05 June, 2015

News Views

Welcome to News Views, CASBAA’s news round-up culled from sources across the industry for the week ending Jun 5th. Curated by CASBAA, News Views keeps you in the loop. We always value your feedback, so tell us what you think!

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Christopher Slaughter

Christopher Slaughter

CEO

Pricewaterhouse Coopers has issued its latest Global Entertainment and Media Outlook 2015-2019. Among the key takeaways:consumers simply don’t care whether they’re watching linear TV or OTT, they just want to watch what they want to watch; and online advertising will overtake TV ad spend in 2019. It’s not a small report, but fortunately, there is a video summary (its last line: “Put mobile — and increasingly video — at the centre…”).
Christopher Slaughter

Christopher Slaughter

CEO

There are still hoops to jump through before Charter’s purchase of Time Warner Cable is final in the US, but winners in the deal are already being counted. Meanwhile, in the absence of real news, media coverage is focusing on the personalities; easy to do when one of the protagonists is John Malone, who can often be counted on to give good quote. Meanwhile, other M&A activity is developing in the US: Dish Network and T-Mobile are apparently in talks about merging, even as AT&T and Direct try to reassure regulators about their proposed merger.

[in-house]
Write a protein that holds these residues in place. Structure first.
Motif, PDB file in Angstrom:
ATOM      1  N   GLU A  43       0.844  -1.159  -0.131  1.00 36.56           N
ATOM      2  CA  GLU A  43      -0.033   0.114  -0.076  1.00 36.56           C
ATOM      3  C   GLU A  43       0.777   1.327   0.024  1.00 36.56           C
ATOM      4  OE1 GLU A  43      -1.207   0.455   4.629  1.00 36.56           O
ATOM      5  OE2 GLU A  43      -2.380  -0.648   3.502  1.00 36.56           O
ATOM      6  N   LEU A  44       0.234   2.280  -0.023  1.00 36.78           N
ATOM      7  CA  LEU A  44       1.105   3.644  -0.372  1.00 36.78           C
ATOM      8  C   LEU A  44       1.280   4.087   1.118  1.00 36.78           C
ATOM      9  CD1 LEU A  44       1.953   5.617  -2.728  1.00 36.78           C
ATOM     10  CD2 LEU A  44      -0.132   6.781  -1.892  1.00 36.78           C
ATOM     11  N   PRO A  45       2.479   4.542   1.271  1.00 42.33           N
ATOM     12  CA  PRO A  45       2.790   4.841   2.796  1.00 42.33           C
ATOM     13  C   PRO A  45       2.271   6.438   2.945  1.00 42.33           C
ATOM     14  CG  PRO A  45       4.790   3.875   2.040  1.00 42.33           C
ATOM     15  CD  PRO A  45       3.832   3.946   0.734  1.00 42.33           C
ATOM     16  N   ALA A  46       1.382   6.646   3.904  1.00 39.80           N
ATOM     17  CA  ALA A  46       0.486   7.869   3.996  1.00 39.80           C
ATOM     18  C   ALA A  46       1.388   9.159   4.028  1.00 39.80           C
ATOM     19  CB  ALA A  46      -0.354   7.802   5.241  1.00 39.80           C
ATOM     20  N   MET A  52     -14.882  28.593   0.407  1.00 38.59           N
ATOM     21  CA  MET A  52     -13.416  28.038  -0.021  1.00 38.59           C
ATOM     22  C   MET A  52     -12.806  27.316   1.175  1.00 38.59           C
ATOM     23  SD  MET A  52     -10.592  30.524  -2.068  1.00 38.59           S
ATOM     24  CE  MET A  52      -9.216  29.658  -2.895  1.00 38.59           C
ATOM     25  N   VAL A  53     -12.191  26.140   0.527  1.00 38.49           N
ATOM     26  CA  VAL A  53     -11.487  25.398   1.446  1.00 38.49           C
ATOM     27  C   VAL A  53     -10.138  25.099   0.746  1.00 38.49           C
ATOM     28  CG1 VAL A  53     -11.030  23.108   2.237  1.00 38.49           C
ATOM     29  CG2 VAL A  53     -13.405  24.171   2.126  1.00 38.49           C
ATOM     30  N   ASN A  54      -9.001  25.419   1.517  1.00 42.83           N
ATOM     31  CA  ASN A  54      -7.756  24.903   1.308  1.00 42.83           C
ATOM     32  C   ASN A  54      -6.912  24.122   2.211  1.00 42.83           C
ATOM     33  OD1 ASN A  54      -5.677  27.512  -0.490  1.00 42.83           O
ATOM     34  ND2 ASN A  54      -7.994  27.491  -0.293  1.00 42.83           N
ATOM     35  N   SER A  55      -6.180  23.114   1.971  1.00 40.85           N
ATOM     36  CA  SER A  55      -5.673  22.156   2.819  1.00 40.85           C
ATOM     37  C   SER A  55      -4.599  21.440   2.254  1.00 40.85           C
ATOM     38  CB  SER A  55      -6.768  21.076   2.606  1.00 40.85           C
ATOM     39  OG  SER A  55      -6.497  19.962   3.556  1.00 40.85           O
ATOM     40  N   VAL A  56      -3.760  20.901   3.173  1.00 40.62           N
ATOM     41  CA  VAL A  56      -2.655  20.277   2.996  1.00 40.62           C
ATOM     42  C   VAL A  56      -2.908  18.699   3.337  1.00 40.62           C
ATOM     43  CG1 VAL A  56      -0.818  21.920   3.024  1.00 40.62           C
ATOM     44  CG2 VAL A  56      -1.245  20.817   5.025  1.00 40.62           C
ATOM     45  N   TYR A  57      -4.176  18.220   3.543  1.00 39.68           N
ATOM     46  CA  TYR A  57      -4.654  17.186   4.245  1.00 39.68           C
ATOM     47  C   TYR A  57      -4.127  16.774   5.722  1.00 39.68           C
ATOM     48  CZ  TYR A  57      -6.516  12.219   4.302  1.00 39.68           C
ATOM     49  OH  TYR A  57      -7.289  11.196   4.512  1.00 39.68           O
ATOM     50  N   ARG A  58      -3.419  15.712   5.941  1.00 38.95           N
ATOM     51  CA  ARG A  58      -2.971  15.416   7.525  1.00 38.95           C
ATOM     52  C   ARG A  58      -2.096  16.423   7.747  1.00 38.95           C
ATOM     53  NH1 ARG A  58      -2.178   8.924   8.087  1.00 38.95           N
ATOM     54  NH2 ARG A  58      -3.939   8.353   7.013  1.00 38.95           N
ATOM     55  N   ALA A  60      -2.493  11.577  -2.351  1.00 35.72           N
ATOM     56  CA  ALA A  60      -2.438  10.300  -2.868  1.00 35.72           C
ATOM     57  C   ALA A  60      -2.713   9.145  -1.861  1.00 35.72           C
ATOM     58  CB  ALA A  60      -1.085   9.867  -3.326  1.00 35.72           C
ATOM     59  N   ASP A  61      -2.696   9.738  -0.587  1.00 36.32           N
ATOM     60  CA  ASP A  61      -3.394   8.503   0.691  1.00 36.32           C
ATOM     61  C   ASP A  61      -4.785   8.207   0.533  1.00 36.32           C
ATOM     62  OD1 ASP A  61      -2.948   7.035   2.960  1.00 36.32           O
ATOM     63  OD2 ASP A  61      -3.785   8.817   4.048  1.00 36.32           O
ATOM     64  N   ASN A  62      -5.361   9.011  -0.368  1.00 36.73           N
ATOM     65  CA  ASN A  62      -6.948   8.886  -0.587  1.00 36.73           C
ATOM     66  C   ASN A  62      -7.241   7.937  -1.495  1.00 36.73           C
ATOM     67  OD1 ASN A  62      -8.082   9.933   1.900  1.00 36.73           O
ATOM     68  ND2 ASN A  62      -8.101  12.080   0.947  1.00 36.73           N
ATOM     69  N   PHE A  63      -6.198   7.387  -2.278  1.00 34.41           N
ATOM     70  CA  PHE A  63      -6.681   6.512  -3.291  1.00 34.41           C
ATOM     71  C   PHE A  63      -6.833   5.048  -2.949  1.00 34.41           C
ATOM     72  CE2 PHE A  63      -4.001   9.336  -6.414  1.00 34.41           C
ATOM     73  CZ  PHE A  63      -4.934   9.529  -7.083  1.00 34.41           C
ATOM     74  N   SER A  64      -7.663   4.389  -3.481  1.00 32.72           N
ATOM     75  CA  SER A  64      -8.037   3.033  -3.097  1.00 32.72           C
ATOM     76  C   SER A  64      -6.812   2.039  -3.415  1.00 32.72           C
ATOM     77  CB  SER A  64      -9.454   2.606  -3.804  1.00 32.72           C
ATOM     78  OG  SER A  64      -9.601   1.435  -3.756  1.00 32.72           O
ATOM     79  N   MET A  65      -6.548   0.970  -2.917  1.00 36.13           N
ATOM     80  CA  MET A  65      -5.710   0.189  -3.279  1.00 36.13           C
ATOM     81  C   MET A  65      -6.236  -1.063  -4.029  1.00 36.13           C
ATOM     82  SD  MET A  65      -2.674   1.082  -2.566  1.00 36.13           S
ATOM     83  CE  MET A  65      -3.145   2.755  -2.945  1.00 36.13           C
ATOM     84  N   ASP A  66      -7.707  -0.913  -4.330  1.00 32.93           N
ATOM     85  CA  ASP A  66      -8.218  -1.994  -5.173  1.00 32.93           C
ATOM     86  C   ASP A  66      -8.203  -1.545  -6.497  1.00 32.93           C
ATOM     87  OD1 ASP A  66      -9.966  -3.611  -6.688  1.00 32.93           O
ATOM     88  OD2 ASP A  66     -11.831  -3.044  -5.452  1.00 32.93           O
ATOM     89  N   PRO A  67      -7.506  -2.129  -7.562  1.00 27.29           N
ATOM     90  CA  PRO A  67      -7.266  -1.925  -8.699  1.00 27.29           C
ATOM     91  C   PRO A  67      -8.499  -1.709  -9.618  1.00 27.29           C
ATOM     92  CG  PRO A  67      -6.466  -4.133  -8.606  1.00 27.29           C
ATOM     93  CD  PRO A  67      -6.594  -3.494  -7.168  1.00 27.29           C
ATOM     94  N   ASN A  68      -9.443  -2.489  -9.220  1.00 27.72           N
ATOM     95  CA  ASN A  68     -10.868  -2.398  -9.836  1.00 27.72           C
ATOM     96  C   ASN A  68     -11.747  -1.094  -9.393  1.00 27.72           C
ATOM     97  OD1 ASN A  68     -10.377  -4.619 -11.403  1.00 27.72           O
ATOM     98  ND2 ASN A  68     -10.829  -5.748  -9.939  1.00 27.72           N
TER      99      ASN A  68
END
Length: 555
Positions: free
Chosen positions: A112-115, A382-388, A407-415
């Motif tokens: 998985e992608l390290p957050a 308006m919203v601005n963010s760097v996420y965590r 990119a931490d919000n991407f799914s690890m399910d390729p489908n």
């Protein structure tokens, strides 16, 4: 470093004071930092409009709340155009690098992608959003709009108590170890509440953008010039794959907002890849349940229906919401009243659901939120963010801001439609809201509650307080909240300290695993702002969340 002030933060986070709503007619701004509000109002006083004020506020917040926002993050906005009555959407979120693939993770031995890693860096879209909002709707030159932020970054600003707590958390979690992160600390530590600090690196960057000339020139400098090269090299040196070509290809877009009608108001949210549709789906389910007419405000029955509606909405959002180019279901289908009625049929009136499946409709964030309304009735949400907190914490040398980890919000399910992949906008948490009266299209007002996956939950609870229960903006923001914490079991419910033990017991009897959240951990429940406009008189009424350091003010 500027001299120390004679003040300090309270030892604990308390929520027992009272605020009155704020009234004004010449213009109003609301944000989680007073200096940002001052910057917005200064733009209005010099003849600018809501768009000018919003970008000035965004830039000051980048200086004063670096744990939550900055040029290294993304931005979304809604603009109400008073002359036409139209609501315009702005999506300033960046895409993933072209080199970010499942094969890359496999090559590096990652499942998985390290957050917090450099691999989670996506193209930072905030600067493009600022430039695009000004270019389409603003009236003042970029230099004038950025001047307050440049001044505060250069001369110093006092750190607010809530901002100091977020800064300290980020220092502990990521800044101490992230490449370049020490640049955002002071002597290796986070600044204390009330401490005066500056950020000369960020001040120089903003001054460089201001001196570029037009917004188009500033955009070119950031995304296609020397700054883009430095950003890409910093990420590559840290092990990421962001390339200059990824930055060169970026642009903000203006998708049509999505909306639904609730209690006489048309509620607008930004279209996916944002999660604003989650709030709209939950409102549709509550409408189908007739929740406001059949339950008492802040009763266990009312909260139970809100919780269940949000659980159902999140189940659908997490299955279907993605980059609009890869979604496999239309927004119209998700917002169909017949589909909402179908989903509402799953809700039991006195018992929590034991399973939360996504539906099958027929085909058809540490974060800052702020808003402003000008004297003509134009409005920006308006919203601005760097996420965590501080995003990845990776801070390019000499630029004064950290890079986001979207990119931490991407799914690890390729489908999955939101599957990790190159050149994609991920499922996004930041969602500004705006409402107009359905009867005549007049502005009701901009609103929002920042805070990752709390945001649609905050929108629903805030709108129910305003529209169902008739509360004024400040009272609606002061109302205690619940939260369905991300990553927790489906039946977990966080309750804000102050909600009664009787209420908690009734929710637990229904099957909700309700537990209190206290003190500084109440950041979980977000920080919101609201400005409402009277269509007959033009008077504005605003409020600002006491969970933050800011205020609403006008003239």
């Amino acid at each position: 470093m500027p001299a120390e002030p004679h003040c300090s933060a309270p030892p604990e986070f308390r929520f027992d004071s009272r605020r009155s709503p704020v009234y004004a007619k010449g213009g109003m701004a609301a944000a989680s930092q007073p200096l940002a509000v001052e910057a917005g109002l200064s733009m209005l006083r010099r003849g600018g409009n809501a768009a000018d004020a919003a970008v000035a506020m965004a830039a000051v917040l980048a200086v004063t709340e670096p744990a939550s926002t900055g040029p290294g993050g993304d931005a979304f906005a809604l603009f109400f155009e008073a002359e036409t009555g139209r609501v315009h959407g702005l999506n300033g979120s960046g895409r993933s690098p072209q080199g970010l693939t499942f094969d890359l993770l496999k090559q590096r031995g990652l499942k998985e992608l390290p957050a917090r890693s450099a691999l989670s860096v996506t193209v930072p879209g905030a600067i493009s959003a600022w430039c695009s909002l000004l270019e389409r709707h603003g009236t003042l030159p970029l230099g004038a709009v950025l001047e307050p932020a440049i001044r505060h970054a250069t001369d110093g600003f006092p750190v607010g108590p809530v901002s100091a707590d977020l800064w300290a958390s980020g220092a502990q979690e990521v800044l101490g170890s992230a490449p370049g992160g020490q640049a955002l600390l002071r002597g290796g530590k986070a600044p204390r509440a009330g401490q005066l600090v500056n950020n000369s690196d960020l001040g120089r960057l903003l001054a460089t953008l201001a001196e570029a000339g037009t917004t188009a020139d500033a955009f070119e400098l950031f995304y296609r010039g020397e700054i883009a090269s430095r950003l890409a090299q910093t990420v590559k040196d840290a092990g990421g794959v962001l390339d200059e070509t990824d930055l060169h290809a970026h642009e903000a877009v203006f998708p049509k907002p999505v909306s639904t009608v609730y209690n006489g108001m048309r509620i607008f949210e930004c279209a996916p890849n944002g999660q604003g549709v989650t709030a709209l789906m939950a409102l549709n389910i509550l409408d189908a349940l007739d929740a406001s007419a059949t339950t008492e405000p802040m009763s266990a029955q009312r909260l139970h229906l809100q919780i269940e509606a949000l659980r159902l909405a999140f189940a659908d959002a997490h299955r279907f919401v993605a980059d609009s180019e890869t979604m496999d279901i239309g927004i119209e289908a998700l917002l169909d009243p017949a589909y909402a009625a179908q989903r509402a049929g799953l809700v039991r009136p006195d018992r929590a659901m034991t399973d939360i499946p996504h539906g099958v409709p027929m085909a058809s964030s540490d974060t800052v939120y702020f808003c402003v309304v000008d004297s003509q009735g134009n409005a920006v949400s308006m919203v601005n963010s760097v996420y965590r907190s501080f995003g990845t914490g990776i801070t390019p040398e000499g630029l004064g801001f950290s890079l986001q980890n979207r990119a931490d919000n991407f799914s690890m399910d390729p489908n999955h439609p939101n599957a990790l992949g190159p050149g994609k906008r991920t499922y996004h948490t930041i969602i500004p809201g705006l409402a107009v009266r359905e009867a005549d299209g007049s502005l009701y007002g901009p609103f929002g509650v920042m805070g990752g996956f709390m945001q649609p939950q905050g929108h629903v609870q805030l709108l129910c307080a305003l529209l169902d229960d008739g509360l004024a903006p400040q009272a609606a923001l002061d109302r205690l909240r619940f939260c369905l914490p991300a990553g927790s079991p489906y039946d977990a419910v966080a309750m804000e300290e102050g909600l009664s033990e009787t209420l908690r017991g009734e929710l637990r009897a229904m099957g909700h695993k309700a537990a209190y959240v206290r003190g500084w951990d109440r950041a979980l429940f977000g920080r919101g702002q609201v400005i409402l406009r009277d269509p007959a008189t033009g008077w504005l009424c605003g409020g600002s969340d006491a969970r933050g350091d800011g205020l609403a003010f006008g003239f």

John Medeiros

John Medeiros

Chief Policy Officer

Not very much like Southeast Asia: Indonesia’s TV censors are taking a sledgehammer approach to international TV content. A recent letter from the Indonesian Broadcasting Commission (KPI) to pay-TV platforms was leaked, and has been reported in the vernacular press. (This report is in Bahasa Indonesia, but if you put it through a machine translator it comes out relatively comprehensible.) The letter tells the platforms that international channels (starting with francophone channel TV5 Monde, but more will come) have to be subjected to 24-hour pre-censorship, or taken off the air. KPI wants the platforms to bear the cost and responsibility of pre-censorship, but platform operators don’t want any part of that, so several have removed TV5 Monde from the air. Where will this stop? How many channels will the sledgehammer hit? Stay tuned. (Meanwhile, TV5’s OTT operation and satellite broadcasts remain available, to Indonesians with a broadband connection or C-band dish.)
John Medeiros

John Medeiros

Chief Policy Officer